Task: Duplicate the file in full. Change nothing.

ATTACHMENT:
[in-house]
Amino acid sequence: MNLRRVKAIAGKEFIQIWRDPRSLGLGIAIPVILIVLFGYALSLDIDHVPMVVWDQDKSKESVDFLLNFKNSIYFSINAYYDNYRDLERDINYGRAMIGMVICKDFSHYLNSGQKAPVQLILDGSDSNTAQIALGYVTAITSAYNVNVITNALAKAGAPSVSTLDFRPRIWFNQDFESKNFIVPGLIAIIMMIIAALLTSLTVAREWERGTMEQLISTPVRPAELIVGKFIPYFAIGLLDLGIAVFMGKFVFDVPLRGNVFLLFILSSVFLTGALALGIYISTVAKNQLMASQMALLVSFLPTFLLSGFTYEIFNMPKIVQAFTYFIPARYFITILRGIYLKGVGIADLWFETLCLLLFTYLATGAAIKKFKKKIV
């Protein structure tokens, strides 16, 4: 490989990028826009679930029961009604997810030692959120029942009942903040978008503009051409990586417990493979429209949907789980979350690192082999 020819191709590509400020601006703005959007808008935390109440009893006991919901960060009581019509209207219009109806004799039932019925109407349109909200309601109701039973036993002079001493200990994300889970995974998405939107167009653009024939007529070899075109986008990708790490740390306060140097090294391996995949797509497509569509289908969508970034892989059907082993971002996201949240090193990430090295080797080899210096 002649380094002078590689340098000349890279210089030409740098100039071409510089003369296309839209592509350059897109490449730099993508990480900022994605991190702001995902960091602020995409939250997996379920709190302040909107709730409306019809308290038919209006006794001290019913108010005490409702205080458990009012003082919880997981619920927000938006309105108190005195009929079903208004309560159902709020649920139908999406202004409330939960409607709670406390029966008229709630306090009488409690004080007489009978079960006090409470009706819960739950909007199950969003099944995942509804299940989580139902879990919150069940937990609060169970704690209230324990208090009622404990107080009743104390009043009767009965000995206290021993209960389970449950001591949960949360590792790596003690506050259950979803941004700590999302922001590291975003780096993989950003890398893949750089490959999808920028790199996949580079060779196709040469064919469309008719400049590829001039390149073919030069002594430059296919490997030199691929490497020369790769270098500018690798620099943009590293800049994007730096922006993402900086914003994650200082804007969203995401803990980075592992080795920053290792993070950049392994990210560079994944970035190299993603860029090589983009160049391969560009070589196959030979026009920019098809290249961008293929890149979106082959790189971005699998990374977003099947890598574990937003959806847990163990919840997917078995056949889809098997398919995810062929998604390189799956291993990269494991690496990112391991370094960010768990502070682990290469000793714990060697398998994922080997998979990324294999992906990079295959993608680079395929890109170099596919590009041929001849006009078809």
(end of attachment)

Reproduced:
[in-house]
Amino acid sequence: MNLRRVKAIAGKEFIQIWRDPRSLGLGIAIPVILIVLFGYALSLDIDHVPMVVWDQDKSKESVDFLLNFKNSIYFSINAYYDNYRDLERDINYGRAMIGMVICKDFSHYLNSGQKAPVQLILDGSDSNTAQIALGYVTAITSAYNVNVITNALAKAGAPSVSTLDFRPRIWFNQDFESKNFIVPGLIAIIMMIIAALLTSLTVAREWERGTMEQLISTPVRPAELIVGKFIPYFAIGLLDLGIAVFMGKFVFDVPLRGNVFLLFILSSVFLTGALALGIYISTVAKNQLMASQMALLVSFLPTFLLSGFTYEIFNMPKIVQAFTYFIPARYFITILRGIYLKGVGIADLWFETLCLLLFTYLATGAAIKKFKKKIV
């Protein structure tokens, strides 16, 4: 490989990028826009679930029961009604997810030692959120029942009942903040978008503009051409990586417990493979429209949907789980979350690192082999 020819191709590509400020601006703005959007808008935390109440009893006991919901960060009581019509209207219009109806004799039932019925109407349109909200309601109701039973036993002079001493200990994300889970995974998405939107167009653009024939007529070899075109986008990708790490740390306060140097090294391996995949797509497509569509289908969508970034892989059907082993971002996201949240090193990430090295080797080899210096 002649380094002078590689340098000349890279210089030409740098100039071409510089003369296309839209592509350059897109490449730099993508990480900022994605991190702001995902960091602020995409939250997996379920709190302040909107709730409306019809308290038919209006006794001290019913108010005490409702205080458990009012003082919880997981619920927000938006309105108190005195009929079903208004309560159902709020649920139908999406202004409330939960409607709670406390029966008229709630306090009488409690004080007489009978079960006090409470009706819960739950909007199950969003099944995942509804299940989580139902879990919150069940937990609060169970704690209230324990208090009622404990107080009743104390009043009767009965000995206290021993209960389970449950001591949960949360590792790596003690506050259950979803941004700590999302922001590291975003780096993989950003890398893949750089490959999808920028790199996949580079060779196709040469064919469309008719400049590829001039390149073919030069002594430059296919490997030199691929490497020369790769270098500018690798620099943009590293800049994007730096922006993402900086914003994650200082804007969203995401803990980075592992080795920053290792993070950049392994990210560079994944970035190299993603860029090589983009160049391969560009070589196959030979026009920019098809290249961008293929890149979106082959790189971005699998990374977003099947890598574990937003959806847990163990919840997917078995056949889809098997398919995810062929998604390189799956291993990269494991690496990112391991370094960010768990502070682990290469000793714990060697398998994922080997998979990324294999992906990079295959993608680079395929890109170099596919590009041929001849006009078809």